[I received a review copy of this novel from Netgalley]
Original review here: http://irisonbooks.com/2012/04/02/true-by-riikka-pulkkinen/
"Anna is quiet for a moment, then says, 'Every person’s sadness is their own. Other people can’t understand it.'"
True centres around Elsa, who is dying from cancer. But in many ways, the story is not so much about her, as about her family members and the way they deal with their impeding loss. Key characters are Martti, Elsa’s husband; Eleonoora, the daughter of Elsa and Martti; and Anna, one of Eleonoora’s daughters. And somewhere in the memories of Elsa and Martti, and later on Eleonoora and Anna, is hidden another key character: Eeva, Eleonoora’s nanny and Martti’s mistress.
Two key themes in this novel are love and loss. Rather big, and therefore easily perceived as empty, words, but they truthfully fit the book. Because of the double storyline of the loss of Elsa and the ones she loves as her family, and the pattern of love and loss in the affair between Martti and Eeva, these two themes are explored in a more worthwhile manner than the simple naming of them suggests. Add to that the layer of lost and found memories, and the truthfulness of those, and you may just begin to understand how this books delivers on some quite big themes through a micro study of an (extended) family.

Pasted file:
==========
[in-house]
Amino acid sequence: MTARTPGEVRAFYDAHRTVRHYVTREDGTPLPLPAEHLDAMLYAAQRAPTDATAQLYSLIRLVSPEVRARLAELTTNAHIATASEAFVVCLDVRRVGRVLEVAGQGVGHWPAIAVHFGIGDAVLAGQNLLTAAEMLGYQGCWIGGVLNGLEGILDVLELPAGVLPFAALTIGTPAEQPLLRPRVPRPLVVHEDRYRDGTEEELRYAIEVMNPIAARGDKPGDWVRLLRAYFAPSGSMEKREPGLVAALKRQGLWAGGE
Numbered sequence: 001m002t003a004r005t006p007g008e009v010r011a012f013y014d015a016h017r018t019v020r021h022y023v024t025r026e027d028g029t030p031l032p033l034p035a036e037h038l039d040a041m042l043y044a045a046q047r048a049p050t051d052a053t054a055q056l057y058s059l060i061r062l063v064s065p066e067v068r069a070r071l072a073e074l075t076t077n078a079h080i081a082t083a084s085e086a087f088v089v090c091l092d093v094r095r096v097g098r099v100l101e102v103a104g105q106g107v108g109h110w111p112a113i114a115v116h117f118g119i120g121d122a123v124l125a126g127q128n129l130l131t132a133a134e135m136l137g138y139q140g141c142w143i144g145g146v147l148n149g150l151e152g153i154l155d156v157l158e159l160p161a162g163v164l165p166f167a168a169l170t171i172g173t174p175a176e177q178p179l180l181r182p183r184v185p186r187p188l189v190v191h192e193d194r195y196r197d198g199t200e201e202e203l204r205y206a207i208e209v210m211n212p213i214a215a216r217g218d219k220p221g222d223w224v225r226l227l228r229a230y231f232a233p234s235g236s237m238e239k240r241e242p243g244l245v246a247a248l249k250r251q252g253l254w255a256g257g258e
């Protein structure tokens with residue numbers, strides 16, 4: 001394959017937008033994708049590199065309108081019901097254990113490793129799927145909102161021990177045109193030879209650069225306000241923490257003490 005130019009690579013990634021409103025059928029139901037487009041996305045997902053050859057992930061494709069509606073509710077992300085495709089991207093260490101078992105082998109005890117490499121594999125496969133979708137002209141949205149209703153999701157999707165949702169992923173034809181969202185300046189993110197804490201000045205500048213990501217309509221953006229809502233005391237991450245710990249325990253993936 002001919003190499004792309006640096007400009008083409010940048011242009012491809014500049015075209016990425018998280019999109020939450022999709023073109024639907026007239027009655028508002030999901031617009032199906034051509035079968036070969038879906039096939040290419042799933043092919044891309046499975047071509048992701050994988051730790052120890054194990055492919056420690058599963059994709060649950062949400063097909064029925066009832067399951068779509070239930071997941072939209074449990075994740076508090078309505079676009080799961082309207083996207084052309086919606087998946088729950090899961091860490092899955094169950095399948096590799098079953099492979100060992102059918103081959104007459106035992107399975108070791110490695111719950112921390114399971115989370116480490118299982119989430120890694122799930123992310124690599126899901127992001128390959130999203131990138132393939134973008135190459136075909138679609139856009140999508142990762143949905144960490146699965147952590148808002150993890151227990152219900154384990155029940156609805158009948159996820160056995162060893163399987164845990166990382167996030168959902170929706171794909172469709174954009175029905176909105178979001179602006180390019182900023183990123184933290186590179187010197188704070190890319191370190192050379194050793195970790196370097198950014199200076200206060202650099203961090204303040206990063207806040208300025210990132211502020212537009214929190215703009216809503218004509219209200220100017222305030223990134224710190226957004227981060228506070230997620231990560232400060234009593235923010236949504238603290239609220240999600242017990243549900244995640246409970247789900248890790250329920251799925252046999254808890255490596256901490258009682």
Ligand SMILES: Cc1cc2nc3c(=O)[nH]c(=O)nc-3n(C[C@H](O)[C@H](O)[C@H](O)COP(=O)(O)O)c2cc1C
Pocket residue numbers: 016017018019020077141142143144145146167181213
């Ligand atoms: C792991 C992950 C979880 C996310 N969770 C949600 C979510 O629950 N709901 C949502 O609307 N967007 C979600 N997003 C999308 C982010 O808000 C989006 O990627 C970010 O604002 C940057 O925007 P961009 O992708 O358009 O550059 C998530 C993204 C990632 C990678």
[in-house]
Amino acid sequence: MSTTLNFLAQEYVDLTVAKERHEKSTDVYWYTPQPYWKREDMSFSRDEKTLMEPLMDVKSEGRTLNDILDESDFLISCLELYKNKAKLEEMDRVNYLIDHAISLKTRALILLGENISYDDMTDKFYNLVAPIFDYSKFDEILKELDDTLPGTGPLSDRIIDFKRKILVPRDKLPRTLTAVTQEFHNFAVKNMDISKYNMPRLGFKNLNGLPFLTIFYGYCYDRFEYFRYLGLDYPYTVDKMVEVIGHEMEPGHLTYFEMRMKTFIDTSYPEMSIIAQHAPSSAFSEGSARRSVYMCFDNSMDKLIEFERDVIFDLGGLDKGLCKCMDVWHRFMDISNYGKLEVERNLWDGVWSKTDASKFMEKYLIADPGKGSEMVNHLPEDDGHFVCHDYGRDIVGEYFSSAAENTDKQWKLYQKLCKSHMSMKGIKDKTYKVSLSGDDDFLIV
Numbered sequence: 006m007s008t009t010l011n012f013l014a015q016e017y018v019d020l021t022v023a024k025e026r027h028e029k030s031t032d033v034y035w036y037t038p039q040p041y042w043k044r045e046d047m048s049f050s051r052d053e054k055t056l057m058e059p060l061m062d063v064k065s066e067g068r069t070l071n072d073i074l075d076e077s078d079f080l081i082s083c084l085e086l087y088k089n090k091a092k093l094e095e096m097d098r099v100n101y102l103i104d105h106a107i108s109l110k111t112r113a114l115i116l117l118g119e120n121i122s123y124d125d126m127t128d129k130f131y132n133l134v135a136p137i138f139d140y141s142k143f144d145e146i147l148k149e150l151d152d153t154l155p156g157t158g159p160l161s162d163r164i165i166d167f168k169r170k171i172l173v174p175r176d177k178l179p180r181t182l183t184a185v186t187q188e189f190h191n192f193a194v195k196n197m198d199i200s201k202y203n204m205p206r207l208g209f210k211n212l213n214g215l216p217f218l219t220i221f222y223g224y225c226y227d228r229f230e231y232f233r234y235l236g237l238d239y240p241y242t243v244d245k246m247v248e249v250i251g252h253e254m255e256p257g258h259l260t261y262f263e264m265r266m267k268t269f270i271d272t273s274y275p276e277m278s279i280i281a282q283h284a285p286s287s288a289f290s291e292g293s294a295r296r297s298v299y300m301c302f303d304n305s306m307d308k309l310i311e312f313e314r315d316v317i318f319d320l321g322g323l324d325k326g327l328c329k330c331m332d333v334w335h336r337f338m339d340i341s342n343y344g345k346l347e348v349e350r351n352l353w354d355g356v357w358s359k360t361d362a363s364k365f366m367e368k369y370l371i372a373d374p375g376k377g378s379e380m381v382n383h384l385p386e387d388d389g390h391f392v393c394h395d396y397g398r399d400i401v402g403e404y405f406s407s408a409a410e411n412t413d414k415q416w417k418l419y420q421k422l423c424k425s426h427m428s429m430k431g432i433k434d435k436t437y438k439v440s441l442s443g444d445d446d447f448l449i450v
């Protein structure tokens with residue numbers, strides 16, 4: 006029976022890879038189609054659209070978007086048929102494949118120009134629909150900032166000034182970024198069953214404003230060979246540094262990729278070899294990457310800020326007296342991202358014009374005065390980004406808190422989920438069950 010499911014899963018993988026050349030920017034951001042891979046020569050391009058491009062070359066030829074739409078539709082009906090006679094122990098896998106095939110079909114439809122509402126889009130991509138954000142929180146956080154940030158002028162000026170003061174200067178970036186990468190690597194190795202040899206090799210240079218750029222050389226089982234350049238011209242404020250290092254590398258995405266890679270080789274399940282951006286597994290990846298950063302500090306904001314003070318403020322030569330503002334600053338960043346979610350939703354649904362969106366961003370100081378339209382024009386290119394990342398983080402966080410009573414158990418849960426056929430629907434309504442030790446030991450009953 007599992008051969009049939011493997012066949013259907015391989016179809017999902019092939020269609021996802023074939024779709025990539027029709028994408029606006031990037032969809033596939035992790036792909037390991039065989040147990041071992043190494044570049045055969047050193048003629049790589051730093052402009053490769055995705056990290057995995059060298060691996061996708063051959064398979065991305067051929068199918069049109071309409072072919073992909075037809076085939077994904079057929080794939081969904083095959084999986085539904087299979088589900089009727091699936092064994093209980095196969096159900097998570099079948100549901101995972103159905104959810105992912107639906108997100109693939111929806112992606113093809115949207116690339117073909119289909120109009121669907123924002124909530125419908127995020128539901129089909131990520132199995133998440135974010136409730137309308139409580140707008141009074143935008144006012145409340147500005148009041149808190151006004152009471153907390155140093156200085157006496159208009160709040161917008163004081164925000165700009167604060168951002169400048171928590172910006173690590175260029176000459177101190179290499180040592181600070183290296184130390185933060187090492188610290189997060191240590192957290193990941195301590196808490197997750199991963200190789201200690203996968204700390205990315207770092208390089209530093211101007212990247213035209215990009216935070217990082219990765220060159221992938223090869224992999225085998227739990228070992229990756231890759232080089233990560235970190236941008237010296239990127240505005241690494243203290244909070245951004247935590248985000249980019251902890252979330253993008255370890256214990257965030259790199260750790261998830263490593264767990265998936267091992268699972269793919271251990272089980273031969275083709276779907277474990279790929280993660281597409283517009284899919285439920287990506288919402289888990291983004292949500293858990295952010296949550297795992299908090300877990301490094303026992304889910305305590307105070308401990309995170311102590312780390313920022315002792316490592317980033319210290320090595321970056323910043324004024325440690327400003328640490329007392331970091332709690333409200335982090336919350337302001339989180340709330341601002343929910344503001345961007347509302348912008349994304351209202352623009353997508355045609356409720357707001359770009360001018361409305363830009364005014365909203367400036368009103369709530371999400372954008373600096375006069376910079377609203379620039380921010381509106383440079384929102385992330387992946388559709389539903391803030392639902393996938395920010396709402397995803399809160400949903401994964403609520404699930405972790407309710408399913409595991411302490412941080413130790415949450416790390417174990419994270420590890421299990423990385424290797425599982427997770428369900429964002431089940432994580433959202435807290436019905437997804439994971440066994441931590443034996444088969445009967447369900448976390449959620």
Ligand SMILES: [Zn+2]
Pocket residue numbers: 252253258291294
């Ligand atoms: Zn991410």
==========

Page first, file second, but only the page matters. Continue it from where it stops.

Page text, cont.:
Pulkkinen’s style is beautiful and thoughtful, and she spends quite a lot of time featuring detailed contemplations on life through the eyes of several characters. Most of these are related to the grander themes mentioned before. These contemplative sentences all threaten to tip over the line of philosophical into corny, but most of the time they worked with the general point the book was trying to get across.
I admit, True was a little confusing to me. I started reading this novel thinking it would be about a dying cancer patient and her family’s manner of coping. Instead, the novel heavily features the affair of Eeva and Martti, so much so that in the end I wonder if this is not rather the story of Eeva and Anna’s retelling of it, instead of a story revolving around Elsa. There is nothing wrong with that, although I do not in general do well with stories about affairs. I personally enjoyed True more than most stories about affairs that heavily feature "the other woman", because it plays less to feelings of victimization. I will say though, that I was left craving more details about Elsa’s illness and the contemporary dealing of the family. I felt a more natural sympathy for Elsa, and I was a little disappointed to see so little of Eleonoora and her other daughter, Maria.
Overall, True is a satisfying, quiet, and contemplative read as long as you are prepared to go along with its switch in focus from Elsa’s story to that of Anna and Eeva. If it weren’t for the rather long middle section of the novel that I felt could have done with a little less detail, the book could have very well ended up ranking high on my almost favourites list of the year. As it is, it falls into the top layer of that middle section: nourishing, but not stunning enough to blow me away.